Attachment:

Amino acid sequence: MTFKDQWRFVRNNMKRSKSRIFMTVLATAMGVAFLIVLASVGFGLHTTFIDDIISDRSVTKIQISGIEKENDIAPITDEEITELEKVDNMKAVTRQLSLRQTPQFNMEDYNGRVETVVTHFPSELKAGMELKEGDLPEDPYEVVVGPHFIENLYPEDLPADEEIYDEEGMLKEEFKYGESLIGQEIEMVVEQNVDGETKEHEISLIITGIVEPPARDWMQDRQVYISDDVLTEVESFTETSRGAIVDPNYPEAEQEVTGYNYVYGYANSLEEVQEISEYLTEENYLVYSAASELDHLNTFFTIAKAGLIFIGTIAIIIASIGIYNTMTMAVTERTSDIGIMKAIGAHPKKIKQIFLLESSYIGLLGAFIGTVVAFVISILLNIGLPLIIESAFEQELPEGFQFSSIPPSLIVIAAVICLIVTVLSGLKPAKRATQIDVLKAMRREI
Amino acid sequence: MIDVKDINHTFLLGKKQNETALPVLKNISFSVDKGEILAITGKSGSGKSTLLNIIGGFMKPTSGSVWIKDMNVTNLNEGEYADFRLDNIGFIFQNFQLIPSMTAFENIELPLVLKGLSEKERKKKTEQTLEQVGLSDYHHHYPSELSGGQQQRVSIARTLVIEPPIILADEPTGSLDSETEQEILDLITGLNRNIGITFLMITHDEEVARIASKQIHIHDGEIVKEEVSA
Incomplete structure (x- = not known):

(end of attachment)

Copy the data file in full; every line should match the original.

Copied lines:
Amino acid sequence: MTFKDQWRFVRNNMKRSKSRIFMTVLATAMGVAFLIVLASVGFGLHTTFIDDIISDRSVTKIQISGIEKENDIAPITDEEITELEKVDNMKAVTRQLSLRQTPQFNMEDYNGRVETVVTHFPSELKAGMELKEGDLPEDPYEVVVGPHFIENLYPEDLPADEEIYDEEGMLKEEFKYGESLIGQEIEMVVEQNVDGETKEHEISLIITGIVEPPARDWMQDRQVYISDDVLTEVESFTETSRGAIVDPNYPEAEQEVTGYNYVYGYANSLEEVQEISEYLTEENYLVYSAASELDHLNTFFTIAKAGLIFIGTIAIIIASIGIYNTMTMAVTERTSDIGIMKAIGAHPKKIKQIFLLESSYIGLLGAFIGTVVAFVISILLNIGLPLIIESAFEQELPEGFQFSSIPPSLIVIAAVICLIVTVLSGLKPAKRATQIDVLKAMRREI
Amino acid sequence: MIDVKDINHTFLLGKKQNETALPVLKNISFSVDKGEILAITGKSGSGKSTLLNIIGGFMKPTSGSVWIKDMNVTNLNEGEYADFRLDNIGFIFQNFQLIPSMTAFENIELPLVLKGLSEKERKKKTEQTLEQVGLSDYHHHYPSELSGGQQQRVSIARTLVIEPPIILADEPTGSLDSETEQEILDLITGLNRNIGITFLMITHDEEVARIASKQIHIHDGEIVKEEVSA
Incomplete structure (x- = not known):